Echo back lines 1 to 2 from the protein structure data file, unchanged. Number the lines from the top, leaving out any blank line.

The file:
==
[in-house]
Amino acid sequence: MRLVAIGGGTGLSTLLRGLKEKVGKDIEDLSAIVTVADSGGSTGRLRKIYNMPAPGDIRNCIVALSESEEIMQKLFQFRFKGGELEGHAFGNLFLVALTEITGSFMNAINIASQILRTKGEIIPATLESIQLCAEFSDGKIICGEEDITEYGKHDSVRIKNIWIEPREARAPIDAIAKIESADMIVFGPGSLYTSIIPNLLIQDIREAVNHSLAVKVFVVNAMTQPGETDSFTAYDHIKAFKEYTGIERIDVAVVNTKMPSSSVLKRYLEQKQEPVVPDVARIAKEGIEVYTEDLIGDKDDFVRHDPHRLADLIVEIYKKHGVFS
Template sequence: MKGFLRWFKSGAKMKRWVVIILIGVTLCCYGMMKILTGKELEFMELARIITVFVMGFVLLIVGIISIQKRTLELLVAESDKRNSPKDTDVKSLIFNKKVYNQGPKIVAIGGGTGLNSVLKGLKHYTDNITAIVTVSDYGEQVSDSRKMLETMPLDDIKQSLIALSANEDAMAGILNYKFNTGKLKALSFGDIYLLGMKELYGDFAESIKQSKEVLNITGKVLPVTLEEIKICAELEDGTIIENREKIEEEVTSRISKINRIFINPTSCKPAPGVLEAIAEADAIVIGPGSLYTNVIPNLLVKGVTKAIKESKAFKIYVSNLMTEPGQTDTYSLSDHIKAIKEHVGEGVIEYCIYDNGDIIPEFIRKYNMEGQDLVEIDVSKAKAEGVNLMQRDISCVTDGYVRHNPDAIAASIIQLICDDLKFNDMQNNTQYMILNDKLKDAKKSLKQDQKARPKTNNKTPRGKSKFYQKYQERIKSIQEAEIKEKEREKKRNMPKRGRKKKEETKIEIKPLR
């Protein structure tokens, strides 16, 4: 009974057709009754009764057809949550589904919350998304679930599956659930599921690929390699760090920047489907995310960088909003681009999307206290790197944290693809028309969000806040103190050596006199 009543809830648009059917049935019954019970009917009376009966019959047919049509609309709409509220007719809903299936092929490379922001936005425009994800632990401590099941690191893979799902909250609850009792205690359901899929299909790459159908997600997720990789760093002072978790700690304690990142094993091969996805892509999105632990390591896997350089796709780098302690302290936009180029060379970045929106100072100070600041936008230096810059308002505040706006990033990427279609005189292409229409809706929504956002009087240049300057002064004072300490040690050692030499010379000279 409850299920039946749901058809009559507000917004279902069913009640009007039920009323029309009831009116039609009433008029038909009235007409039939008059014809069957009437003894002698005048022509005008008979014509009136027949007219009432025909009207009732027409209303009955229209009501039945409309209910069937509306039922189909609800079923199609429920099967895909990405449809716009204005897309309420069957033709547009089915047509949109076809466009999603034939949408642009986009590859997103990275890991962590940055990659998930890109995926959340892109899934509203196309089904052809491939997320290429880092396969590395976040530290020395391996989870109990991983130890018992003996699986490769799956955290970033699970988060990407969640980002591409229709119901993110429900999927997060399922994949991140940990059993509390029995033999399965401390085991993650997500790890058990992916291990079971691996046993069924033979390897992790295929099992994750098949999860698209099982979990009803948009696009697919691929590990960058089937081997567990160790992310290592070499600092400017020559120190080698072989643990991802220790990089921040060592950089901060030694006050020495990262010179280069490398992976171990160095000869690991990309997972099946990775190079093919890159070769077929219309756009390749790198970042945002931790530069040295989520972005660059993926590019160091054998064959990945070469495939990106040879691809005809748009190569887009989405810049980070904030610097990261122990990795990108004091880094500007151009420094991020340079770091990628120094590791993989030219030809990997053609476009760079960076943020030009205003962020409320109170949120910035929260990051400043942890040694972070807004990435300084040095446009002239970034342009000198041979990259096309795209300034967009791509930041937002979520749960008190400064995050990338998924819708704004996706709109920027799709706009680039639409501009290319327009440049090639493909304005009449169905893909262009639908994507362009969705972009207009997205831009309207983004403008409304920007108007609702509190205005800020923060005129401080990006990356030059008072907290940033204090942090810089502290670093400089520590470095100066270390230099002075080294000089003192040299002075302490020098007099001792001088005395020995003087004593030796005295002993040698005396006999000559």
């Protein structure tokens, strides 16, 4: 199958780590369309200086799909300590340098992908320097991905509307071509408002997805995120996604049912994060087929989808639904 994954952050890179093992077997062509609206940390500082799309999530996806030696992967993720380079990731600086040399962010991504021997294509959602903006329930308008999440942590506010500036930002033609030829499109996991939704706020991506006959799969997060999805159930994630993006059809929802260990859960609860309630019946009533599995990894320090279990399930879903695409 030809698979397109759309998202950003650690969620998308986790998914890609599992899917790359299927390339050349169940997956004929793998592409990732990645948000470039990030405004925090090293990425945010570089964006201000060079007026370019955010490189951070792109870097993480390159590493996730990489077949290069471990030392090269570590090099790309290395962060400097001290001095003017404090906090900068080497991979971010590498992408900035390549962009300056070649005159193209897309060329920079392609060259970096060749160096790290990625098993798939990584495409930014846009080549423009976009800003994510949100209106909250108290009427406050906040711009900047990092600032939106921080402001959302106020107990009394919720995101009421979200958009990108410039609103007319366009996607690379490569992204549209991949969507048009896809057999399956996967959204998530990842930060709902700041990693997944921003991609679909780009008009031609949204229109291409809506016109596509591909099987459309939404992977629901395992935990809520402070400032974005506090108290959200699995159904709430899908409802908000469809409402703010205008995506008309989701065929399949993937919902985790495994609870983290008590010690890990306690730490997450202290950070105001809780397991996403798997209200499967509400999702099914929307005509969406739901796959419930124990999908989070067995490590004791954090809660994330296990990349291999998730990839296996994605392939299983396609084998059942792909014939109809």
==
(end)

[in-house]
Amino acid sequence: MRLVAIGGGTGLSTLLRGLKEKVGKDIEDLSAIVTVADSGGSTGRLRKIYNMPAPGDIRNCIVALSESEEIMQKLFQFRFKGGELEGHAFGNLFLVALTEITGSFMNAINIASQILRTKGEIIPATLESIQLCAEFSDGKIICGEEDITEYGKHDSVRIKNIWIEPREARAPIDAIAKIESADMIVFGPGSLYTSIIPNLLIQDIREAVNHSLAVKVFVVNAMTQPGETDSFTAYDHIKAFKEYTGIERIDVAVVNTKMPSSSVLKRYLEQKQEPVVPDVARIAKEGIEVYTEDLIGDKDDFVRHDPHRLADLIVEIYKKHGVFS